The three teaching unions say that uniform policy is a matter for individual schools. However, when it is asked the INTO advises members that boys and girls should be treated equally. The unions have also supported campaigns to reduce the overall costs of uniforms.
On the face of it, some of the rules governing school uniforms seem, at best, baffling and outdated.
Skirt length is carefully monitored in some schools: in some, the skirt has to be above the knee and the knee has to be showing, but the rest of the leg has to be covered with tall, white socks. Students can get in trouble for not conforming.
O’Donnell also points to regulations, many of which are clearly posted on school websites, governing whether or not boys can have any stubble or a beard, how long that beard may be, whether hair can be dyed or not and how long it can be, and whether or not piercings are allowed.
“We’ve seen situations in coeducational schools whereby the girls are allowed to dye their hair a natural colour, but the boys are not allowed at all,” he says. “How a young person appears makes no difference whatsoever to their education. My school was great, but I was 19 years old [sitting my Leaving Cert], and forced to wear a uniform and ask for permission to go to the toilet.
“Schools should be encouraging free thought and self-expression, not suppressing it.”
A FLASHPOINT FOR EQUALITY: SCHOOL UNIFORMS AND GENDER IDENTITY
Uniforms have long been a flashpoint. Barnardos has for many years run a campaign to reduce school costs.
The children’s charity consistently identifies the high cost of uniforms as a key issue that places undue pressure on parents, particularly those who are struggling financially.
School uniforms are of particularly significant symbolic value for transgender students who want to see their identity recognised.
For reasons of comfort and practicality, some transgender girls still prefer to wear trousers after their social transition.
Gendered uniforms present a particular problem for transgender boys, who were assigned female at birth but identify and want to be recognised as male.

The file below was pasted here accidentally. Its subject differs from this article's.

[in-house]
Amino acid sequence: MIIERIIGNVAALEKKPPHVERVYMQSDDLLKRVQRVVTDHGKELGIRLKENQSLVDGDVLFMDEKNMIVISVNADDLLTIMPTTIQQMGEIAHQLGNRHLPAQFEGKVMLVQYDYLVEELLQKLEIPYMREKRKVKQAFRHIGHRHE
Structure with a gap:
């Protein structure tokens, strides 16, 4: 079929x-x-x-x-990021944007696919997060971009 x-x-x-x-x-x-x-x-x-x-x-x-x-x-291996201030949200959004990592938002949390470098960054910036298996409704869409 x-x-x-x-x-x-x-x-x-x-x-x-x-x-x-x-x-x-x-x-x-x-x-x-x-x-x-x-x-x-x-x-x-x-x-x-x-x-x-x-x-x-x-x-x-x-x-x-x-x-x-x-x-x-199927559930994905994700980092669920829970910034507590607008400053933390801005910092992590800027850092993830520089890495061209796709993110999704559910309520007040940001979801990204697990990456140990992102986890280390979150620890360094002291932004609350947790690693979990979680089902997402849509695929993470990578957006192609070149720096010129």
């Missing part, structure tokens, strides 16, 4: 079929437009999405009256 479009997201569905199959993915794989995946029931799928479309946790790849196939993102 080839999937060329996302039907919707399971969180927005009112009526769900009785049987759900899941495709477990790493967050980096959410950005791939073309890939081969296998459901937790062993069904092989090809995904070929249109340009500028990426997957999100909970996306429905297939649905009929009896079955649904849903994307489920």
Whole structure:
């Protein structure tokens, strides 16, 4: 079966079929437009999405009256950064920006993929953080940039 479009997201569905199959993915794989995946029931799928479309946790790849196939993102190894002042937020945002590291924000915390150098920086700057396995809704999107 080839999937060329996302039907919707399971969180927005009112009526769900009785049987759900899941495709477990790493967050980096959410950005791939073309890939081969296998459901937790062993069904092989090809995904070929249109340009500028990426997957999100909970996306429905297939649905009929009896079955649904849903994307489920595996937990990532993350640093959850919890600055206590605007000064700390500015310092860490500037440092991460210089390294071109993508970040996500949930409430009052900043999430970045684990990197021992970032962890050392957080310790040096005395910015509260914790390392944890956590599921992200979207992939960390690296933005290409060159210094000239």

Late last month the Gay and Lesbian Equality Network issued a set of guidelines to schools about lesbian, gay, bisexual and transgender students.
The guidelines stress that students are expected to follow the school uniform policy on appropriate dress, jewellery and make-up. However, students who are transgender should be allowed to wear a uniform that is consistent with their gender identity, and that, at a minimum, a gender-neutral option should be offered.
Seamus (16) is a trans boy from Co Meath. He was assigned female at birth.
“Our school’s uniforms are too gendered,” he says. “The jumpers, shirts and bottoms are different depending on your gender. Even the colours differ.
“I think if everyone was allowed to wear skirts, then more students would. I think if someone who identified as female came in wearing a grey shirt and slacks, they may be told off, but if a boy came in wearing a skirt he would be sent home.
“My principal has been supportive. But before I transferred here, I was at an all-girls school where trans students were told they couldn’t change their uniform because of tradition.
“I started a petition, as sitting in a blouse and skirt all day made me feel insanely anxious,” he says. “I wasn’t taken seriously. This is atrocious and damaging to a young person’s mental health; that uniform nearly destroyed me.
“Changing a uniform can really make a big difference to young trans people.”
- BeLonGTo offers a support group for young trans people: belongto.org